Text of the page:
Faced with stubbornly sluggish job growth numbers, Finance Minister Joe Oliver has announced a cut in employment insurance premiums for small businesses.

Businesses that pay up to $15,000 in EI premiums will benefit from the break, which reduces the EI premium from $1.88 per $100 of payroll to $1.60. That is a drop of 15 per cent in EI costs.

Oliver estimates about 780,000 Canadian businesses will benefit from the credit, which takes effect in the 2015 tax year.

“Small businesses drive our prosperity and give back to our communities,” Oliver said, speaking at a small family-owned business in Toronto called Value Wood Products.

He estimated small businesses provide half of private sector jobs.

$500M to small business

EI Premium Cuts 20140911

Finance Minister Joe Oliver has announced a 15% cut in employment insurance premiums paid by small businesses. (Chris Young/Canadian Press)

The cut would take effect Jan. 1, 2015 and remain in effect through 2016.

The EI cut will return about $500 million to small business owners to encourage job creation, Oliver said.

There's no paperwork associated with the change — instead Revenue Canada will calculate it when businesses file their taxes.

 Asked whether the policy reflects concern about Canada’s job picture, which showed that 100,000 jobs were lost in the private sector last month — the highest one-month drop on record — Oliver seemed to downplay any such link.

 “It’s not a sign of worry, it’s a sign of confidence that we’re continuing on the right path,” he said.

In addition to the cut announced today, Oliver touted the Harper government’s decision to impose a seven-year break-even rate-setting mechanism on EI in 2017. This will mean that EI premiums are no higher than needed to pay for the EI program and should lower premiums for all employers, he said.

The union Unifor pointed out that EI costs are down in Canada because fewer unemployed Canadians are eligible for them. It estimates only 36 per cent unemployed Canadians is eligible, either because they have worked too few hours or because they have claimed EI before and haven't worked long enough to collect again.

Unifor president Jerry Dias says instead of cutting premiums, the federal government would get more economic impact from improving benefits for unemployed workers.

 "Increasing access to EI benefits would mean unemployed workers could better support their families. And let's face it, unemployed people are spending every cent they have in the local economy, not hoarding it like business often does," he said.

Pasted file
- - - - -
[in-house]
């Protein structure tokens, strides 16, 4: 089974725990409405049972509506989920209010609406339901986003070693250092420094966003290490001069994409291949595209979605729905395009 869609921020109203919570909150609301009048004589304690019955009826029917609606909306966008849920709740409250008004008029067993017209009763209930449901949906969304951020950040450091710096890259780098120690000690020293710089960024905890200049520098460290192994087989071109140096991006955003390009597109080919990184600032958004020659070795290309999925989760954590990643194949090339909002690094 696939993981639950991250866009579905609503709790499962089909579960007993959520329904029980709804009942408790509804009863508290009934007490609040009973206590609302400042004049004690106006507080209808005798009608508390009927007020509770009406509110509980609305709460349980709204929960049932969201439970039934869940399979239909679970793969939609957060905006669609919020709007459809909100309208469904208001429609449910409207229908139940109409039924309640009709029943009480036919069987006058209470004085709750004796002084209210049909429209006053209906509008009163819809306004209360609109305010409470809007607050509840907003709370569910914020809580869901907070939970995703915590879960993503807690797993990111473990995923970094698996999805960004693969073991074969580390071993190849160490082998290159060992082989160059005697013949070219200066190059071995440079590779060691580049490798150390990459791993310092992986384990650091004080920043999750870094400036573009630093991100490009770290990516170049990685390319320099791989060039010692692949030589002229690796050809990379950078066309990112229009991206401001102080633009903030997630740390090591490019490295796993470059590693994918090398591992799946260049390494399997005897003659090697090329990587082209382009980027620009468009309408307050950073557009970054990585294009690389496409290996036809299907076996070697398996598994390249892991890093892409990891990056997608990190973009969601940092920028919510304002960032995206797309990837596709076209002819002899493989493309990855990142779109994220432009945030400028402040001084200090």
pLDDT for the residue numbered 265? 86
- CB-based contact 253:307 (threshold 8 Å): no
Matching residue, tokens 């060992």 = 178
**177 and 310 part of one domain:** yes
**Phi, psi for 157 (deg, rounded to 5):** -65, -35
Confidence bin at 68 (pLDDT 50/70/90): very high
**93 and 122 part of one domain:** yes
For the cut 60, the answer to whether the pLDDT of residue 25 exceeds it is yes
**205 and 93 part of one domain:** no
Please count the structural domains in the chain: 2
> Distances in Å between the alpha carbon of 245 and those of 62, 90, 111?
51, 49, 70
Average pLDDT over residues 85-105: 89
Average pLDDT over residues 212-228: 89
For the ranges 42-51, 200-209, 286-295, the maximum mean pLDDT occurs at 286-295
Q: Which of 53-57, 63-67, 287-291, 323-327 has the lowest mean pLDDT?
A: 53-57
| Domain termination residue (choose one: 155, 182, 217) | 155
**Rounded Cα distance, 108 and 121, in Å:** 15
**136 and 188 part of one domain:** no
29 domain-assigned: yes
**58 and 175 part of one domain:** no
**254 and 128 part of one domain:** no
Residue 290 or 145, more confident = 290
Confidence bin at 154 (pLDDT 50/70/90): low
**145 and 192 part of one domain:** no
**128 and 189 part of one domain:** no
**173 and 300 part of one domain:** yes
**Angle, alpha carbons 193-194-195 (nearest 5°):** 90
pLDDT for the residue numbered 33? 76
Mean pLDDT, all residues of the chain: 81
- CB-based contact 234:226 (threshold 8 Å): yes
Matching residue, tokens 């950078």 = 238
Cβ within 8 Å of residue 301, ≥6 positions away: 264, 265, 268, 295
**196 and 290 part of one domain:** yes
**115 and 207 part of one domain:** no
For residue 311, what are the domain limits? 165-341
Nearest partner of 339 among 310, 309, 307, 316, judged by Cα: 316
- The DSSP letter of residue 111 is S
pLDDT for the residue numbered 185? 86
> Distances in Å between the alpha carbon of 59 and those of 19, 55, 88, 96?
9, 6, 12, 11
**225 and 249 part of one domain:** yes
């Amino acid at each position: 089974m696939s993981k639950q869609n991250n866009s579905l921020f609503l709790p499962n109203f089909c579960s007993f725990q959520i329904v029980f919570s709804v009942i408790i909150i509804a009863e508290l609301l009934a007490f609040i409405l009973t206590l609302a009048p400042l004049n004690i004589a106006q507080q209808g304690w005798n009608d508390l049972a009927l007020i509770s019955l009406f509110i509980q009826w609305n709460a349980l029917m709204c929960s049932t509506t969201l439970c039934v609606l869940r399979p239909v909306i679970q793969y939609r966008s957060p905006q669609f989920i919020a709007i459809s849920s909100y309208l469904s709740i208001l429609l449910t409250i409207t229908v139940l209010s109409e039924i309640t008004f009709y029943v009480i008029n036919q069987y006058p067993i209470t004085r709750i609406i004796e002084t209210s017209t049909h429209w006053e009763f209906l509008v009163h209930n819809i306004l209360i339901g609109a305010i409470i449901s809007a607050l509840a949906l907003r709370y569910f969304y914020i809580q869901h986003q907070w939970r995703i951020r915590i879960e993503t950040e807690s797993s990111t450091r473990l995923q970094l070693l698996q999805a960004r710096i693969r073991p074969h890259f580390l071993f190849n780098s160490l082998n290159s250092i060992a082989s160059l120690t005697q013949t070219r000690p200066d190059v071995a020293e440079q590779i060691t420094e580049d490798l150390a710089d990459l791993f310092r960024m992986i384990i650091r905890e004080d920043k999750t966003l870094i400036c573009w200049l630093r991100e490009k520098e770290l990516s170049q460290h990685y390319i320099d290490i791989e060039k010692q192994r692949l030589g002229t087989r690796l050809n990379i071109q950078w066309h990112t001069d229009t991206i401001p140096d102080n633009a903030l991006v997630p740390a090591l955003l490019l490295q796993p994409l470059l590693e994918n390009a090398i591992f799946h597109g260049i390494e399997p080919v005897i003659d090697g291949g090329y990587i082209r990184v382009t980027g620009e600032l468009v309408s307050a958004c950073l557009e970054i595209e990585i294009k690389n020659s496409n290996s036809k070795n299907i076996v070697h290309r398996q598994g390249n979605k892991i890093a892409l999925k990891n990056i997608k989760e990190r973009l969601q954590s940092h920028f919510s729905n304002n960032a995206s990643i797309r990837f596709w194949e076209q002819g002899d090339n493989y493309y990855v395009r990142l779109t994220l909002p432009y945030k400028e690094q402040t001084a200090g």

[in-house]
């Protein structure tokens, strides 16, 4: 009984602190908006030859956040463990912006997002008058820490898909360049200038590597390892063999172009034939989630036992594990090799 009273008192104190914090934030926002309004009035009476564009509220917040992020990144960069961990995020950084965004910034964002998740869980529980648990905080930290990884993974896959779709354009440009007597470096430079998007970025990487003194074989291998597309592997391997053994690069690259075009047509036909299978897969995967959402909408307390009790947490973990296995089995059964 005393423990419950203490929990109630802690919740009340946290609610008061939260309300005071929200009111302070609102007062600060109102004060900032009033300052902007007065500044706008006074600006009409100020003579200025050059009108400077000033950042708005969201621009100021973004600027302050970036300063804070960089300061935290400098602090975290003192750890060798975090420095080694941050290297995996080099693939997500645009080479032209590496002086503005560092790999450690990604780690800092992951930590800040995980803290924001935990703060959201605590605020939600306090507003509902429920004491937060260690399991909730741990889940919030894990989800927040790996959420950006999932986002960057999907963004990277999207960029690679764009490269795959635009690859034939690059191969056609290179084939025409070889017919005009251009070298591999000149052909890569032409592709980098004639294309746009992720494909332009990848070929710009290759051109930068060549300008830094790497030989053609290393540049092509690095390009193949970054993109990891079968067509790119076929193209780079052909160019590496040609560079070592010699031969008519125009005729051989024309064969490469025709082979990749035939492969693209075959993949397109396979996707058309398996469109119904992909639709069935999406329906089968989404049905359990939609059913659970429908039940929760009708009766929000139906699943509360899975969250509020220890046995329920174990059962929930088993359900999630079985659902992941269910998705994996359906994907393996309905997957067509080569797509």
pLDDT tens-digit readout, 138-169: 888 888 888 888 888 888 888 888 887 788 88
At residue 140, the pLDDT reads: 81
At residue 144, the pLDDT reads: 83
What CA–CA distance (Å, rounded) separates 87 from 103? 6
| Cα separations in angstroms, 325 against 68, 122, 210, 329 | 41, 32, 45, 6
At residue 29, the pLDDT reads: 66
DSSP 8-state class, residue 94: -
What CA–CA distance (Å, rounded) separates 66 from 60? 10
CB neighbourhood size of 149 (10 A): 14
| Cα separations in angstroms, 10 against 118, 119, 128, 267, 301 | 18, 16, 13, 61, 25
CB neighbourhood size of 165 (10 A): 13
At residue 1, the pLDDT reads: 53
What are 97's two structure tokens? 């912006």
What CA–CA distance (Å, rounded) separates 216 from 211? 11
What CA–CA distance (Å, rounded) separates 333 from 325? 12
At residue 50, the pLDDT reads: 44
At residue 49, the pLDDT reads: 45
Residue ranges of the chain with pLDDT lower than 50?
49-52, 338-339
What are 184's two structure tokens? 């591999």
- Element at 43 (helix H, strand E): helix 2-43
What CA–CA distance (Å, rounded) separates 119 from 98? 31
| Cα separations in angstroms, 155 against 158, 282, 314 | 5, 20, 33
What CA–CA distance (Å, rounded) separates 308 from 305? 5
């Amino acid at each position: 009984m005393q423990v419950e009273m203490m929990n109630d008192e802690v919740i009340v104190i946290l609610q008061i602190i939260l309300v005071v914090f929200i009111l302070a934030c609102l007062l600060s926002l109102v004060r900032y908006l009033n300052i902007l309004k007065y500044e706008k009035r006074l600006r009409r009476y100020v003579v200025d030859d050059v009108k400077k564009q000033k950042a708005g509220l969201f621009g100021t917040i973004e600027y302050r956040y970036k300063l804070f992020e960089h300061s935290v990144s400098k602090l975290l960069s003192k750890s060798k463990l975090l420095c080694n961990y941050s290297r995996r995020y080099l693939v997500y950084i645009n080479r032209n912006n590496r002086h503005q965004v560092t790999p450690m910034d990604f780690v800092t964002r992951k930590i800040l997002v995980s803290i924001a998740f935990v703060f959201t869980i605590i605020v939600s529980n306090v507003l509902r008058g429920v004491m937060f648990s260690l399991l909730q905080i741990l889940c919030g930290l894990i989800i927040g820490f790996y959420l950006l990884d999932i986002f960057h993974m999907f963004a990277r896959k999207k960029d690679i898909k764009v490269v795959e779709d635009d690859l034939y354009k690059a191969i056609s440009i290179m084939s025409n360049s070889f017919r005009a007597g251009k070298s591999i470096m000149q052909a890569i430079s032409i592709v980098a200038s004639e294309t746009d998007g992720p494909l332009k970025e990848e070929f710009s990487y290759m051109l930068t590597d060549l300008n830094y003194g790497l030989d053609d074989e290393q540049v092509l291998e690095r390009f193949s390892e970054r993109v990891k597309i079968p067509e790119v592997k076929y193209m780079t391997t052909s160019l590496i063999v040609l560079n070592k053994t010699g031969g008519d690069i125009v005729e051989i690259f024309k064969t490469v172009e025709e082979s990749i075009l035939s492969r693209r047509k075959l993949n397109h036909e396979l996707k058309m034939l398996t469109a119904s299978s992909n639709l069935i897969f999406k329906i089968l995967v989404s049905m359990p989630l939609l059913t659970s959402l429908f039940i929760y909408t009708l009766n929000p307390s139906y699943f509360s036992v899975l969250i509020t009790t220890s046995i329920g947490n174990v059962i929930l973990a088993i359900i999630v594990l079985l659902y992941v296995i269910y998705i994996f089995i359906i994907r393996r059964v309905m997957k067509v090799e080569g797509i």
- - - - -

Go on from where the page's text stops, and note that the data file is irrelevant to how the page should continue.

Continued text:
'Big, big news for small business': CFIB

The Liberal party has urged the Harper government to lower EI premiums to encourage job creation. Employment critic Scott Brison says premiums have been kept artificially high and should have been cut when the account balanced.

NDP finance critic Nathan Cullen suggested the cut is the wrong measure for the Canadian economy, saying it’s an “insult for those Canadians who are either out of work or facing the prospect of losing their job.”

Cullen was critical of the multiple changes made to EI by the Harper government.

“These guys continually play politics with everything that the government does and my concern is that in their desperation, they will introduce short-term, not very thoughtful, measures to get a couple of headlines, but that more over the medium and long term hurt the Canadian economy,” he said.

'This is a half billion dollars coming back into the pockets of entrepreneurs at this tough economic time.' - Dan Kelly, CEO Canadian Federation of Independent Business

The Canadian Federation of Independent Business was among the business groups that have called for cuts to payroll taxes. Its CEO Dan Kelly was at Oliver’s news conference, calling the premium cut “big, big news for small business.”

“This is a half billion dollars coming back into the pockets of entrepreneurs at this tough economic time,” he said.

Restaurants Canada also welcomed the change and said young people would benefit. 

"The regressive nature of payroll taxes discourages employers from hiring youth because the tax rate compared to their wages is disproportionately high," said Joyce Reynolds, executive vice president of government affairs.

She called for deeper tax relief for small businesses.

 "A way to make the tax more progressive and benefit youth job seekers would have been a tax credit program focused on youth hires," she said.

The Conservative government is gearing up for an election in 2015, hoping to focus on economic issues and, in particular, items that hit the pocketbook of everyday Canadians.  

With files from Louise Elliott